The FKI has growing pains

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The FKI has growing pains

The Federation of Korean Industries failed to appoint a chairman at its general meeting for the first time since its establishment because the committee to prepare the elections couldn’t agree on the candidates.
An emergency meeting is scheduled in March to appoint a new chairman, but there is no guarantee that an appropriate candidate will be nominated.
The conflict among federation members doesn’t look like it will be settled in the near future. One of the most influential interest groups representing industries is without a leader. It all started when Kang Shin-ho, the former chairman and head of Dong-A Pharmaceuticals Co., stepped down after his second term rather than accepting a third. Or maybe it was before Mr. Kang’s era that the status and power of the federation began declining.
If the federation, a voluntary group, cannot properly appoint a leader, it seems almost impossible that it can suggest visions for the country’s economy. To expect the federation to play an important role in developing better policies for the government to pursue is unrealistic.
As it stands now, the federation won’t have the energy to form a consensus among industries and criticize the government.
It may be better to entirely rethink the strategies of the organization and not just linger on who will be the chairman. More in-depth measures, such as re-evaluating the need for the group’s existence, must be taken in a situation like this.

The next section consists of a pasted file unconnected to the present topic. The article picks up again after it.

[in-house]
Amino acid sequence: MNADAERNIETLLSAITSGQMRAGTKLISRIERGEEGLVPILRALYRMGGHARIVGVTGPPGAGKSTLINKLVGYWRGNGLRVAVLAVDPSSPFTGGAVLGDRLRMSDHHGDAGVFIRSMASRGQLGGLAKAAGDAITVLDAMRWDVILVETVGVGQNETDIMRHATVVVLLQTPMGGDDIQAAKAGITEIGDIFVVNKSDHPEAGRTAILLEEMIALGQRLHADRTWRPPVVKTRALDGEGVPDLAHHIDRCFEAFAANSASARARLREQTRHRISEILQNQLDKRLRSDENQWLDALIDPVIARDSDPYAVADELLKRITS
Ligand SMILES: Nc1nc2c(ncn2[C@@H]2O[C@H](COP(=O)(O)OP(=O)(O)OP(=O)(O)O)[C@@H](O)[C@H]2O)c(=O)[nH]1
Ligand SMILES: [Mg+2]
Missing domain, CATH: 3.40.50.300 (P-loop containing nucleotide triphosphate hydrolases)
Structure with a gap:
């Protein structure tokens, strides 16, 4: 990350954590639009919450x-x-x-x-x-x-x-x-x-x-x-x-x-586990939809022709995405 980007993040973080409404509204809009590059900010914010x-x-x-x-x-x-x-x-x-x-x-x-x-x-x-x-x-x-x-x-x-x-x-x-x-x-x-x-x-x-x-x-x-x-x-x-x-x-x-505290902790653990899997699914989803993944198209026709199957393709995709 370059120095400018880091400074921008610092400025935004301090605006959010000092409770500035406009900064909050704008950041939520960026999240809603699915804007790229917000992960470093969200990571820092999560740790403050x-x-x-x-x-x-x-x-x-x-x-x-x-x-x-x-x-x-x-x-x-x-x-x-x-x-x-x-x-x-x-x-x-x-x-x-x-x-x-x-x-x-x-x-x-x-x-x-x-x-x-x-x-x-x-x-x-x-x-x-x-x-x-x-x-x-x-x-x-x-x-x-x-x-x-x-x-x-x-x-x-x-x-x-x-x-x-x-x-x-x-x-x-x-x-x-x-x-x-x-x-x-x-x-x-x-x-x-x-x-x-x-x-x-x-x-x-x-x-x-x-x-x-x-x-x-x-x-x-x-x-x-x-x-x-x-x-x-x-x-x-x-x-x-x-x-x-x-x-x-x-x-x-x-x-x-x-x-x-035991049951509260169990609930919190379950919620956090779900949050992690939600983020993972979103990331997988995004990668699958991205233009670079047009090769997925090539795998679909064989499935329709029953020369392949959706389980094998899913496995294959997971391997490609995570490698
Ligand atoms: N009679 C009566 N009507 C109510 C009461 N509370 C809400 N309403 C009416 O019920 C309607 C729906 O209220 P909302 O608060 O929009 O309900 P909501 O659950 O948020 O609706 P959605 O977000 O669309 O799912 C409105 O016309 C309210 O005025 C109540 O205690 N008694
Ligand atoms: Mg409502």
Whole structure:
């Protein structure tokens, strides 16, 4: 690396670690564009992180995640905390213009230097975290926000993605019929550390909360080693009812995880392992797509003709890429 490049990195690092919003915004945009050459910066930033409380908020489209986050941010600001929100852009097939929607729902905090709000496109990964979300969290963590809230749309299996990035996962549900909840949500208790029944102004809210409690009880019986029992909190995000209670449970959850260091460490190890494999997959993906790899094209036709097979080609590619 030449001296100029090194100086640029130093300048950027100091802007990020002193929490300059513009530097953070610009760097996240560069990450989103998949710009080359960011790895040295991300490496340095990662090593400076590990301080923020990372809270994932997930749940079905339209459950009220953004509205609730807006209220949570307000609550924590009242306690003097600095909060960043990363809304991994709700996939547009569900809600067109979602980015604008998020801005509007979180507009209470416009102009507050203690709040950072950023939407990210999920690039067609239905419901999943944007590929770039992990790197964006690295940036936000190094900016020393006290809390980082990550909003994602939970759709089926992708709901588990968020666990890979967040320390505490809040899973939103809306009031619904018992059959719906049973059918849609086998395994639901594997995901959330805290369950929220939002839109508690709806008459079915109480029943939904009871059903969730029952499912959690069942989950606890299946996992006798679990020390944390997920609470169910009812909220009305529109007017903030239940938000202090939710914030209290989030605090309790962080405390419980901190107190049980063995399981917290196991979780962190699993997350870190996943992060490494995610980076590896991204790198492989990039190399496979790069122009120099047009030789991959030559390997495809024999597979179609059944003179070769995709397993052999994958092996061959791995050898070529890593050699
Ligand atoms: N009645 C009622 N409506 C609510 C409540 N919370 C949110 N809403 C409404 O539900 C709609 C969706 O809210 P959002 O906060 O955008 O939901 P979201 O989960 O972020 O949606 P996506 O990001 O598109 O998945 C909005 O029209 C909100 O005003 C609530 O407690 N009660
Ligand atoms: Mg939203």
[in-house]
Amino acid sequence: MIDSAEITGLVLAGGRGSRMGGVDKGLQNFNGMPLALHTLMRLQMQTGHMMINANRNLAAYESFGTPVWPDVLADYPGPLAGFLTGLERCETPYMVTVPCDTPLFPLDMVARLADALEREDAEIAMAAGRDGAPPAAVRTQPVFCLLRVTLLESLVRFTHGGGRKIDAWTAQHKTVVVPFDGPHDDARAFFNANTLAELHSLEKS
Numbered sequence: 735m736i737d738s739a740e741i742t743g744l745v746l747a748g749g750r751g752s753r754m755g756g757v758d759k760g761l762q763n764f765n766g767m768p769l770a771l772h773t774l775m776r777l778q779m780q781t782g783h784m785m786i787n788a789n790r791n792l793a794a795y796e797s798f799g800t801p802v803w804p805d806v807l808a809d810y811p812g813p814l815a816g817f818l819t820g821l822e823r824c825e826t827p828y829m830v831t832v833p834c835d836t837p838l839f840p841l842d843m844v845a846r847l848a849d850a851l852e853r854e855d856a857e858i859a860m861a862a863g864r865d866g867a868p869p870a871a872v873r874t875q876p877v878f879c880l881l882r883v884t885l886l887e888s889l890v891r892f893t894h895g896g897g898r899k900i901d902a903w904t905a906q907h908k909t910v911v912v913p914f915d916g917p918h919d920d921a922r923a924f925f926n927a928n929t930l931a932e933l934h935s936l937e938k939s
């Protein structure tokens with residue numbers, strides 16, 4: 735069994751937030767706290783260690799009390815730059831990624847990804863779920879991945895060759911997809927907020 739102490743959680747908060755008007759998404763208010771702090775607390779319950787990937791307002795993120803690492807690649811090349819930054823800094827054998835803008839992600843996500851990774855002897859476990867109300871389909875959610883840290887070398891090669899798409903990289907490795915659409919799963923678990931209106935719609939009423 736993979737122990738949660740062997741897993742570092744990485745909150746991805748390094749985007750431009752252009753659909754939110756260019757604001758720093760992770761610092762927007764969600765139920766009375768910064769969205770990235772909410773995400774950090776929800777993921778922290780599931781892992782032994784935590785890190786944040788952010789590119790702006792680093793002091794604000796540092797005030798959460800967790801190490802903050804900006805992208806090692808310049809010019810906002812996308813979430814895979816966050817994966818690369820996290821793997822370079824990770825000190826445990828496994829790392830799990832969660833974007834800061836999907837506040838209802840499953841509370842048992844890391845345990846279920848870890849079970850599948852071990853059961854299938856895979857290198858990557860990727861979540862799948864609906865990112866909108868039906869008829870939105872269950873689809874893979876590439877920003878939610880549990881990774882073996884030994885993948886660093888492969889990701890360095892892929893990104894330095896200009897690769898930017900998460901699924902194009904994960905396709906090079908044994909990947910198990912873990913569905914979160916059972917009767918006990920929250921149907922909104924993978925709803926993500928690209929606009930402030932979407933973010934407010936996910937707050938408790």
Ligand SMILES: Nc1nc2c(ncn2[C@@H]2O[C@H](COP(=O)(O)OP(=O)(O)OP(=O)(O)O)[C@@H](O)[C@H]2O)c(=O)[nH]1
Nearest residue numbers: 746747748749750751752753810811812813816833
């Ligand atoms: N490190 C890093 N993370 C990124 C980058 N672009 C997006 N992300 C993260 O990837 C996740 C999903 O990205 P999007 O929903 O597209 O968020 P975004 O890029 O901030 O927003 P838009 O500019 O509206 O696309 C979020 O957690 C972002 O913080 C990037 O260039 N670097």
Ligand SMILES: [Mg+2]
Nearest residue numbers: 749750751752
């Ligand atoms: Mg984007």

In the past the FKI had a healthy role in expanding Korea’s exports and developing the economy, but it also has the negative image of conveying the government’s unlawful demand for funds from its member companies each time a new president entered the Blue House. The monetary gap between the member companies also has widened, which makes their interests differ. This is also part of the reason for the dispute.
The role it still needs to play is that of a think tank that can promote the free market and advocate the economic community. Instead of remaining a representative of large conglomerates, it should find a way to function like the Heritage Foundation or the American Enterprise Institute, which present visions and policies to the government.
Some responsibilities may be acting partly as an educational institute teaching free market theory or working as a friendship club for influential people in the industries.
A successful transformation is expected.
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